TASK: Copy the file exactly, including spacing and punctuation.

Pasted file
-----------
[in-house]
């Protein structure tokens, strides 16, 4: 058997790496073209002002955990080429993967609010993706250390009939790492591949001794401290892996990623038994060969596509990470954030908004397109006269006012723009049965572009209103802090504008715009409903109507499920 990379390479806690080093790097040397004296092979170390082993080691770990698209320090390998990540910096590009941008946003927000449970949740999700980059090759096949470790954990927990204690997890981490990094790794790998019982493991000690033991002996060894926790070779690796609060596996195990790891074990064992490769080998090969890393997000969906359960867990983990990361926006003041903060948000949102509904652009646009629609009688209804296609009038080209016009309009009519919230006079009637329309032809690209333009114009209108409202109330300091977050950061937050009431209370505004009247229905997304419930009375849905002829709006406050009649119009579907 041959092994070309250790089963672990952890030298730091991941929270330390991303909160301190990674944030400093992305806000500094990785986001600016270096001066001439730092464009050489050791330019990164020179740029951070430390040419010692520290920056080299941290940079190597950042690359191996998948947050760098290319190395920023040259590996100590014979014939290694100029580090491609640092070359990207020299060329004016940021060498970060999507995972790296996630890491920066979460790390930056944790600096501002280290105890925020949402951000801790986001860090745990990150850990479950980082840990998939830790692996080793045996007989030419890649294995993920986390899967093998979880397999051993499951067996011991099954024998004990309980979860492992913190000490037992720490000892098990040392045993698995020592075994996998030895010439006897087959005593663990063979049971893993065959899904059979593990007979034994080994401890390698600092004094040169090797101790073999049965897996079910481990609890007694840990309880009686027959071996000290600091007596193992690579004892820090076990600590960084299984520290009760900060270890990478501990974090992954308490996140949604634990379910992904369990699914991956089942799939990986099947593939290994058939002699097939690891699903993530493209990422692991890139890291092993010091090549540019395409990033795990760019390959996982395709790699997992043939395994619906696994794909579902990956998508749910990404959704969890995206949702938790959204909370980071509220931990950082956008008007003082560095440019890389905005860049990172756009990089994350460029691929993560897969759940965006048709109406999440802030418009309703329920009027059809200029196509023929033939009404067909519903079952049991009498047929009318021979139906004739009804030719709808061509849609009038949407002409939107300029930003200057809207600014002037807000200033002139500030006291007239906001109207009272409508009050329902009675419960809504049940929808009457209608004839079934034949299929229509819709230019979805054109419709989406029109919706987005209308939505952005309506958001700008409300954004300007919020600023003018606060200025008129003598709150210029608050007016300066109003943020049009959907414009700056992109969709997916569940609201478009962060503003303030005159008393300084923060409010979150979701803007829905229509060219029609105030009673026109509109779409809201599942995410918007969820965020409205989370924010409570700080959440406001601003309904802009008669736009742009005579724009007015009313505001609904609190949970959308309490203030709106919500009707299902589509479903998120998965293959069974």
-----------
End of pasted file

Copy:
[in-house]
């Protein structure tokens, strides 16, 4: 058997790496073209002002955990080429993967609010993706250390009939790492591949001794401290892996990623038994060969596509990470954030908004397109006269006012723009049965572009209103802090504008715009409903109507499920 990379390479806690080093790097040397004296092979170390082993080691770990698209320090390998990540910096590009941008946003927000449970949740999700980059090759096949470790954990927990204690997890981490990094790794790998019982493991000690033991002996060894926790070779690796609060596996195990790891074990064992490769080998090969890393997000969906359960867990983990990361926006003041903060948000949102509904652009646009629609009688209804296609009038080209016009309009009519919230006079009637329309032809690209333009114009209108409202109330300091977050950061937050009431209370505004009247229905997304419930009375849905002829709006406050009649119009579907 041959092994070309250790089963672990952890030298730091991941929270330390991303909160301190990674944030400093992305806000500094990785986001600016270096001066001439730092464009050489050791330019990164020179740029951070430390040419010692520290920056080299941290940079190597950042690359191996998948947050760098290319190395920023040259590996100590014979014939290694100029580090491609640092070359990207020299060329004016940021060498970060999507995972790296996630890491920066979460790390930056944790600096501002280290105890925020949402951000801790986001860090745990990150850990479950980082840990998939830790692996080793045996007989030419890649294995993920986390899967093998979880397999051993499951067996011991099954024998004990309980979860492992913190000490037992720490000892098990040392045993698995020592075994996998030895010439006897087959005593663990063979049971893993065959899904059979593990007979034994080994401890390698600092004094040169090797101790073999049965897996079910481990609890007694840990309880009686027959071996000290600091007596193992690579004892820090076990600590960084299984520290009760900060270890990478501990974090992954308490996140949604634990379910992904369990699914991956089942799939990986099947593939290994058939002699097939690891699903993530493209990422692991890139890291092993010091090549540019395409990033795990760019390959996982395709790699997992043939395994619906696994794909579902990956998508749910990404959704969890995206949702938790959204909370980071509220931990950082956008008007003082560095440019890389905005860049990172756009990089994350460029691929993560897969759940965006048709109406999440802030418009309703329920009027059809200029196509023929033939009404067909519903079952049991009498047929009318021979139906004739009804030719709808061509849609009038949407002409939107300029930003200057809207600014002037807000200033002139500030006291007239906001109207009272409508009050329902009675419960809504049940929808009457209608004839079934034949299929229509819709230019979805054109419709989406029109919706987005209308939505952005309506958001700008409300954004300007919020600023003018606060200025008129003598709150210029608050007016300066109003943020049009959907414009700056992109969709997916569940609201478009962060503003303030005159008393300084923060409010979150979701803007829905229509060219029609105030009673026109509109779409809201599942995410918007969820965020409205989370924010409570700080959440406001601003309904802009008669736009742009005579724009007015009313505001609904609190949970959308309490203030709106919500009707299902589509479903998120998965293959069974």